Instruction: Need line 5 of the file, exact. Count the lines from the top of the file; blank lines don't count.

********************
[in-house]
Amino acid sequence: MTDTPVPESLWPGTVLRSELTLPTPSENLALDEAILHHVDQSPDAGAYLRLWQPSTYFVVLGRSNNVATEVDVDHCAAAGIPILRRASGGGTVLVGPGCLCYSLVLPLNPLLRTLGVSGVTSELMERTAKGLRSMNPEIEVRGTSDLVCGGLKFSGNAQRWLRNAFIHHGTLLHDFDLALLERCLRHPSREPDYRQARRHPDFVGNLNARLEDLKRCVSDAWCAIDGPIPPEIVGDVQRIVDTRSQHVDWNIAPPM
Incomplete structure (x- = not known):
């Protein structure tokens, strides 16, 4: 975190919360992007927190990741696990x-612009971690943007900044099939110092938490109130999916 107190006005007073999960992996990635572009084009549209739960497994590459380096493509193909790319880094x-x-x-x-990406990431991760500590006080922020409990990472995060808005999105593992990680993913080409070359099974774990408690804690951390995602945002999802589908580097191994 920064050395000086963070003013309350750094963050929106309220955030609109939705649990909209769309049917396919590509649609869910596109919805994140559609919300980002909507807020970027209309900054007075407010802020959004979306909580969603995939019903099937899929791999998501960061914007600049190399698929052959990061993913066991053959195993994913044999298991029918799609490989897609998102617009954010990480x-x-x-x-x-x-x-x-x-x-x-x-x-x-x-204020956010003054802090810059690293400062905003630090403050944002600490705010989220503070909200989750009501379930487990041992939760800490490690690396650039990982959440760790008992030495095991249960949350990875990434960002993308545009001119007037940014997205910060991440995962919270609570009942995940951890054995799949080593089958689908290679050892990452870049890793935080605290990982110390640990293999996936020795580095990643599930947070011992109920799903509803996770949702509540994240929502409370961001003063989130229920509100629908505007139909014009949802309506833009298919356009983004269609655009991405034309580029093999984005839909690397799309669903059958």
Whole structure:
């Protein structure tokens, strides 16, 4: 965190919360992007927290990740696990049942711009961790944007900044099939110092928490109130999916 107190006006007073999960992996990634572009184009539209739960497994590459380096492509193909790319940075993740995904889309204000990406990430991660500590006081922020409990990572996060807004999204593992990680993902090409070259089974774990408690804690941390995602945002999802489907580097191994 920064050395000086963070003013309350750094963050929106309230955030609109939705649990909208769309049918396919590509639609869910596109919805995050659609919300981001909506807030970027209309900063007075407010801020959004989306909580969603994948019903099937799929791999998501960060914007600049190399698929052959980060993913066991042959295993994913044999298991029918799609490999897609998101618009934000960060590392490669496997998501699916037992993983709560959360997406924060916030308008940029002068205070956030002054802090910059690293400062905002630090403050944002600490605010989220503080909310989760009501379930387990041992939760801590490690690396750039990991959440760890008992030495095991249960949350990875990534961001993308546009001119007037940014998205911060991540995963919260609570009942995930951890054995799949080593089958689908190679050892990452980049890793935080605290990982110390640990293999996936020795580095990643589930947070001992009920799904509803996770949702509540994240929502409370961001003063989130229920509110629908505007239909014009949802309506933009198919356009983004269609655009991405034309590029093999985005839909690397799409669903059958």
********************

Whole structure: